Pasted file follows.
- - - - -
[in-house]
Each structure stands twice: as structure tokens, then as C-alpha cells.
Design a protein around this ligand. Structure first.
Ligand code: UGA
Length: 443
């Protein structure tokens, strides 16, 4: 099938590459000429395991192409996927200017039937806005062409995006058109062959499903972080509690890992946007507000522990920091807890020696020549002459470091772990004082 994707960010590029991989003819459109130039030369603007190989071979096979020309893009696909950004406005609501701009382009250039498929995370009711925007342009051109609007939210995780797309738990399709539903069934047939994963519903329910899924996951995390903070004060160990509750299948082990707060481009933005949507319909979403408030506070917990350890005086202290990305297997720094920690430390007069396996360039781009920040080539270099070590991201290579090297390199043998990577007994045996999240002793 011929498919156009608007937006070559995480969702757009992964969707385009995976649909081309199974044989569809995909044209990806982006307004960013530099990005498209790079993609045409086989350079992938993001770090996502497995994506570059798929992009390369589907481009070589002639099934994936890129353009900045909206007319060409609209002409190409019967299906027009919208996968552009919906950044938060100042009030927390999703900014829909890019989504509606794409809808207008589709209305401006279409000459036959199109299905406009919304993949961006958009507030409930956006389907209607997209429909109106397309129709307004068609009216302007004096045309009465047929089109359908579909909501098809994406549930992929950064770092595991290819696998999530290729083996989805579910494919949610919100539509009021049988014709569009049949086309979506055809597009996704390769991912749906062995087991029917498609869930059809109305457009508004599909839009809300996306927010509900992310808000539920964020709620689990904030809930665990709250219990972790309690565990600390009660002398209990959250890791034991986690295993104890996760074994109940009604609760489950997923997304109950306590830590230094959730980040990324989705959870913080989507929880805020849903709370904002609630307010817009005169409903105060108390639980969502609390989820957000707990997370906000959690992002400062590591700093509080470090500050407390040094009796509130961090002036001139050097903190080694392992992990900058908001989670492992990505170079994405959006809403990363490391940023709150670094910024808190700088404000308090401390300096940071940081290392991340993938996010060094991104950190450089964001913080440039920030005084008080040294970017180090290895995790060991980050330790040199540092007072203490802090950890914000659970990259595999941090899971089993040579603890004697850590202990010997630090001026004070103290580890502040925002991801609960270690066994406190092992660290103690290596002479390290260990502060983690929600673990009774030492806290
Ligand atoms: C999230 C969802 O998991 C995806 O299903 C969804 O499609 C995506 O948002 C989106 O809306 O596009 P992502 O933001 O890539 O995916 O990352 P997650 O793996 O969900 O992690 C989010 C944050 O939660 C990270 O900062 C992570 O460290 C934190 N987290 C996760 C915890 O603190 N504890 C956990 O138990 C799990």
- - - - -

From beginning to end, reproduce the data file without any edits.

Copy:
[in-house]
Each structure stands twice: as structure tokens, then as C-alpha cells.
Design a protein around this ligand. Structure first.
Ligand code: UGA
Length: 443
């Protein structure tokens, strides 16, 4: 099938590459000429395991192409996927200017039937806005062409995006058109062959499903972080509690890992946007507000522990920091807890020696020549002459470091772990004082 994707960010590029991989003819459109130039030369603007190989071979096979020309893009696909950004406005609501701009382009250039498929995370009711925007342009051109609007939210995780797309738990399709539903069934047939994963519903329910899924996951995390903070004060160990509750299948082990707060481009933005949507319909979403408030506070917990350890005086202290990305297997720094920690430390007069396996360039781009920040080539270099070590991201290579090297390199043998990577007994045996999240002793 011929498919156009608007937006070559995480969702757009992964969707385009995976649909081309199974044989569809995909044209990806982006307004960013530099990005498209790079993609045409086989350079992938993001770090996502497995994506570059798929992009390369589907481009070589002639099934994936890129353009900045909206007319060409609209002409190409019967299906027009919208996968552009919906950044938060100042009030927390999703900014829909890019989504509606794409809808207008589709209305401006279409000459036959199109299905406009919304993949961006958009507030409930956006389907209607997209429909109106397309129709307004068609009216302007004096045309009465047929089109359908579909909501098809994406549930992929950064770092595991290819696998999530290729083996989805579910494919949610919100539509009021049988014709569009049949086309979506055809597009996704390769991912749906062995087991029917498609869930059809109305457009508004599909839009809300996306927010509900992310808000539920964020709620689990904030809930665990709250219990972790309690565990600390009660002398209990959250890791034991986690295993104890996760074994109940009604609760489950997923997304109950306590830590230094959730980040990324989705959870913080989507929880805020849903709370904002609630307010817009005169409903105060108390639980969502609390989820957000707990997370906000959690992002400062590591700093509080470090500050407390040094009796509130961090002036001139050097903190080694392992992990900058908001989670492992990505170079994405959006809403990363490391940023709150670094910024808190700088404000308090401390300096940071940081290392991340993938996010060094991104950190450089964001913080440039920030005084008080040294970017180090290895995790060991980050330790040199540092007072203490802090950890914000659970990259595999941090899971089993040579603890004697850590202990010997630090001026004070103290580890502040925002991801609960270690066994406190092992660290103690290596002479390290260990502060983690929600673990009774030492806290
Ligand atoms: C999230 C969802 O998991 C995806 O299903 C969804 O499609 C995506 O948002 C989106 O809306 O596009 P992502 O933001 O890539 O995916 O990352 P997650 O793996 O969900 O992690 C989010 C944050 O939660 C990270 O900062 C992570 O460290 C934190 N987290 C996760 C915890 O603190 N504890 C956990 O138990 C799990």